The BBC has been accused by a British Cabinet minister of "pursuing an agenda" against Culture Secretary John Whittingdale, after disclosing that he had a six-month relationship with a woman later exposed as a prostitute.
Senior sources said the report was broadcast while discussions over the licence fee are at a crucial stage, with Whittingdale seeking to make the BBC hand public money to other broadcasters for some programming.
Just days after a key discussion on the proposal, the BBC's Newsnight aired allegations about Whittingdale's private life which had been circulating among newspapers for more than two years, but had not been published on the basis that they invaded the divorced minister's privacy.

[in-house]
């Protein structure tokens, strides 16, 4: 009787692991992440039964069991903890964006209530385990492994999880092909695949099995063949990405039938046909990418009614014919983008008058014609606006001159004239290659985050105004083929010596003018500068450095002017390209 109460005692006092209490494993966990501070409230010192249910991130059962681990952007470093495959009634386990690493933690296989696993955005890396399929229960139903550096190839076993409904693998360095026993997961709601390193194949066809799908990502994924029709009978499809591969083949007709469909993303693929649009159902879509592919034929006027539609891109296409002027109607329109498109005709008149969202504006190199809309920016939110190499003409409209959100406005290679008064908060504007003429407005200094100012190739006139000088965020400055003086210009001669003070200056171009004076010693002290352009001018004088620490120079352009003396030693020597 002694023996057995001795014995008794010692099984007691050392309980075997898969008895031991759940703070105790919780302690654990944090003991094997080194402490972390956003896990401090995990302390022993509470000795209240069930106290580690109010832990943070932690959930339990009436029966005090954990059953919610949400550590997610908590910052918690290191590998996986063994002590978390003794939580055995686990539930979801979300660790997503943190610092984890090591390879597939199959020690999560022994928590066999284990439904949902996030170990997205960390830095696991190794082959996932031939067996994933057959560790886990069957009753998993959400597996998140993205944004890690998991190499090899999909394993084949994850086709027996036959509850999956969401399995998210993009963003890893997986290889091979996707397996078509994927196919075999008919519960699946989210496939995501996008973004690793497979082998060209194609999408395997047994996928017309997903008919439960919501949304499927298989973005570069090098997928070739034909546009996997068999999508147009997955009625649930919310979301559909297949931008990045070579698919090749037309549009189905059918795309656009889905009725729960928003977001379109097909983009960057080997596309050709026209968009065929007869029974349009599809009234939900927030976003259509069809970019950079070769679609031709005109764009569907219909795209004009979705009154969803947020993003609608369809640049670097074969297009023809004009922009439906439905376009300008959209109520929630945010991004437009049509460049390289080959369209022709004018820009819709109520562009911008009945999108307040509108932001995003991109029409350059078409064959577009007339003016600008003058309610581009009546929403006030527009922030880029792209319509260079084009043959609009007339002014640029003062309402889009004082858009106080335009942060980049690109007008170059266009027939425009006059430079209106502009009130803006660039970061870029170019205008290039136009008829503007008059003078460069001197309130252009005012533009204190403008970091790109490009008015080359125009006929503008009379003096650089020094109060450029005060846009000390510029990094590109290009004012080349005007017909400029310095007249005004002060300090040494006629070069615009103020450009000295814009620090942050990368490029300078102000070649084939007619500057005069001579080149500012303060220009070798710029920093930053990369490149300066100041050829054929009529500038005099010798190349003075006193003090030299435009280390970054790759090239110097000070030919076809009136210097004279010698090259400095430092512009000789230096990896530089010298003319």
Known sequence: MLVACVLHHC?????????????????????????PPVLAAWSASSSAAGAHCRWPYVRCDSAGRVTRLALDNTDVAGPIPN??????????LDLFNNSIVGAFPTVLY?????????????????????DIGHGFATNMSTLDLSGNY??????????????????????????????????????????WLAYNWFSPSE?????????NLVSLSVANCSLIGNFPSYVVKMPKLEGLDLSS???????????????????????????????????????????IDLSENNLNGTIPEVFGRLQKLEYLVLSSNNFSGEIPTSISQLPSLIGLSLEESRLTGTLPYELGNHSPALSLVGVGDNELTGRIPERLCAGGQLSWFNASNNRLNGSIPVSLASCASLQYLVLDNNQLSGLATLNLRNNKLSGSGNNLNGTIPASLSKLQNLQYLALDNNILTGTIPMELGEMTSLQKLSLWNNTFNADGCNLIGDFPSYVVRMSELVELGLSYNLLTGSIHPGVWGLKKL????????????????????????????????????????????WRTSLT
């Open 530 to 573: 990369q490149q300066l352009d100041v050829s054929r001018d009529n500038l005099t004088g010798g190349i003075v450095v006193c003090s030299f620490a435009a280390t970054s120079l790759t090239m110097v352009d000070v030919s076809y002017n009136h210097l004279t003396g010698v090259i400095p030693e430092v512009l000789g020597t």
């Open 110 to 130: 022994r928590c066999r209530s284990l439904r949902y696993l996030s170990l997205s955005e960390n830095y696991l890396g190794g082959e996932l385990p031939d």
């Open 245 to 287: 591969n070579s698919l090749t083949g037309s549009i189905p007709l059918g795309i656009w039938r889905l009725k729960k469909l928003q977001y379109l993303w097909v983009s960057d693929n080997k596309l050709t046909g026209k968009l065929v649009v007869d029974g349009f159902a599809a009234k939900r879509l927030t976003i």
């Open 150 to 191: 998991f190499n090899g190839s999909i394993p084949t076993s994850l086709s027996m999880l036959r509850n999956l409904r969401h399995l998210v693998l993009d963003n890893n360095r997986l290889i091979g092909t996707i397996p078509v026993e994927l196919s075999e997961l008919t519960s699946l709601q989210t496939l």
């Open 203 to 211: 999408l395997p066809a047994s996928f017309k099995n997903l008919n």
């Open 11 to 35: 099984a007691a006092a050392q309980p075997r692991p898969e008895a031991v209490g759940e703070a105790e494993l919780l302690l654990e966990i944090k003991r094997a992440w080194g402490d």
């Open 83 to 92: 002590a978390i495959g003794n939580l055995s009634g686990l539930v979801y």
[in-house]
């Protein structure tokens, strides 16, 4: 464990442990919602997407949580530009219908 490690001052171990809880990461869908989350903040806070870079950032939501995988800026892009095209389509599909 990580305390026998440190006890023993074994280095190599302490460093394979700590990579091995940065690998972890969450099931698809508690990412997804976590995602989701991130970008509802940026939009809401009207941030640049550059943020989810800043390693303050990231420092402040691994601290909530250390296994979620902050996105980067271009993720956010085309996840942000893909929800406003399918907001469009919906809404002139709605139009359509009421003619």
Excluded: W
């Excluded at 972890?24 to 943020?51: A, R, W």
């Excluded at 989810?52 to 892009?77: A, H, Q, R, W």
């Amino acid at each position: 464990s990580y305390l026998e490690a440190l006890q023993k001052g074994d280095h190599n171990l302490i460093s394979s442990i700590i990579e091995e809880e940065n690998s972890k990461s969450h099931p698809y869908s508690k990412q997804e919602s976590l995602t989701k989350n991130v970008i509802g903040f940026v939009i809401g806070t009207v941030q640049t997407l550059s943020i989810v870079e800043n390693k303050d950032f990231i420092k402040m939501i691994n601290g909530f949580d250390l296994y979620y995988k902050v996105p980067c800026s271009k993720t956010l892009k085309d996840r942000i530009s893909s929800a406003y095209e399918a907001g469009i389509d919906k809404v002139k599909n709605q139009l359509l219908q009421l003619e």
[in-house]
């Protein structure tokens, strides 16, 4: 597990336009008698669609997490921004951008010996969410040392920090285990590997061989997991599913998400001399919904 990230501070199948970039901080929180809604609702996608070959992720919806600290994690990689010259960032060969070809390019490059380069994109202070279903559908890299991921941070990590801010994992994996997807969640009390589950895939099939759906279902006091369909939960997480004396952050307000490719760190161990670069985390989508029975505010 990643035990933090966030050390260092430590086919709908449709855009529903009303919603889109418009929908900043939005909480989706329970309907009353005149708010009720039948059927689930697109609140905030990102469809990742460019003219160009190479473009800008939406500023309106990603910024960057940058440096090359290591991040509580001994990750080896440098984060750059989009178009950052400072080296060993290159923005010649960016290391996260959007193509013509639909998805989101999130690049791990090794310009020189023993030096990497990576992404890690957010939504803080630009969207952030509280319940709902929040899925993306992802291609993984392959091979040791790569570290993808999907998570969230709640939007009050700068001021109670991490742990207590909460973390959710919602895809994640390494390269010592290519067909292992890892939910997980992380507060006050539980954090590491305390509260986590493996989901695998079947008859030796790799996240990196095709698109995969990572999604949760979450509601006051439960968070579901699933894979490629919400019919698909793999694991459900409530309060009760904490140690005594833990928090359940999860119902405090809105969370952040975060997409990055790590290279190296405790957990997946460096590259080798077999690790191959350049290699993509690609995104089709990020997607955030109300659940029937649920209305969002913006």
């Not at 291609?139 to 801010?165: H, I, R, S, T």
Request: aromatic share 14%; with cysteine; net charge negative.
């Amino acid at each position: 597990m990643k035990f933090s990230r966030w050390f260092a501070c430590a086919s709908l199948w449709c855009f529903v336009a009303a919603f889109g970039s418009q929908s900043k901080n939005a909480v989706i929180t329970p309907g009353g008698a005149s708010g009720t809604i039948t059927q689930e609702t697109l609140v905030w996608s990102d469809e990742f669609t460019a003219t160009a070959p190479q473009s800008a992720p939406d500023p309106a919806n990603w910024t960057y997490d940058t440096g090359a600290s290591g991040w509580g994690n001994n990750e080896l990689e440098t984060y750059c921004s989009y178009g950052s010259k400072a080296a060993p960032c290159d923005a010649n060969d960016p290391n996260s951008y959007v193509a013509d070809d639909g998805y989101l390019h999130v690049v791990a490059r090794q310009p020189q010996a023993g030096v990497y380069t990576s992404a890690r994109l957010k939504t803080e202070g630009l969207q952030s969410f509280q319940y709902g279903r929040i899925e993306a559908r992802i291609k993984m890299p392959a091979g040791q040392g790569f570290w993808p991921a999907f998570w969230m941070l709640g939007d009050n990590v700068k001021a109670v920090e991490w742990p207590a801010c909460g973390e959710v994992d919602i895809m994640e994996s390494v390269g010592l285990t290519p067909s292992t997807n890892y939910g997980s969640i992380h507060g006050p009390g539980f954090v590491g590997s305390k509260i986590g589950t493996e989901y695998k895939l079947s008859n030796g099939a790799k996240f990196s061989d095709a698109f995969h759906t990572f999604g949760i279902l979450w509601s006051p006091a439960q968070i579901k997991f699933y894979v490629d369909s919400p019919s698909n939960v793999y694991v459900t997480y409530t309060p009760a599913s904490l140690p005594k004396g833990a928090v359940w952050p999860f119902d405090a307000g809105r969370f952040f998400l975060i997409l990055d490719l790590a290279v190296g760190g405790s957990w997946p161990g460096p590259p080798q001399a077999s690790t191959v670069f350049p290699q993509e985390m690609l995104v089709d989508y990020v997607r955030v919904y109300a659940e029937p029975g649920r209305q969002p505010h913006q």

Downing Street immediately faced calls, including from some Labour figures, for Whittingdale to be demoted or dismissed.
The BBC strongly denies the accusation that the broadcast was motivated by the licence fee discussions.
Executives said it was an editorial decision taken by Newsnight. The disclosure that Whittingdale had a relationship with a woman he met on an online dating site, but later found to be a prostitute, led BBC broadcasts.
However, the minister was backed by Downing Street while other senior Labour politicians said that there was no public interest in the disclosure.
A Cabinet ally of the Culture Secretary told the Daily Telegraph: "The way the BBC has marched into a story that should be an entirely private matter and is hardly in the public interest suggest that they have got an agenda in attacking John. His reputation is being smeared.
"It is really not the way we expect a major public service broadcaster to behave. People will conclude that it's all about the licence fee."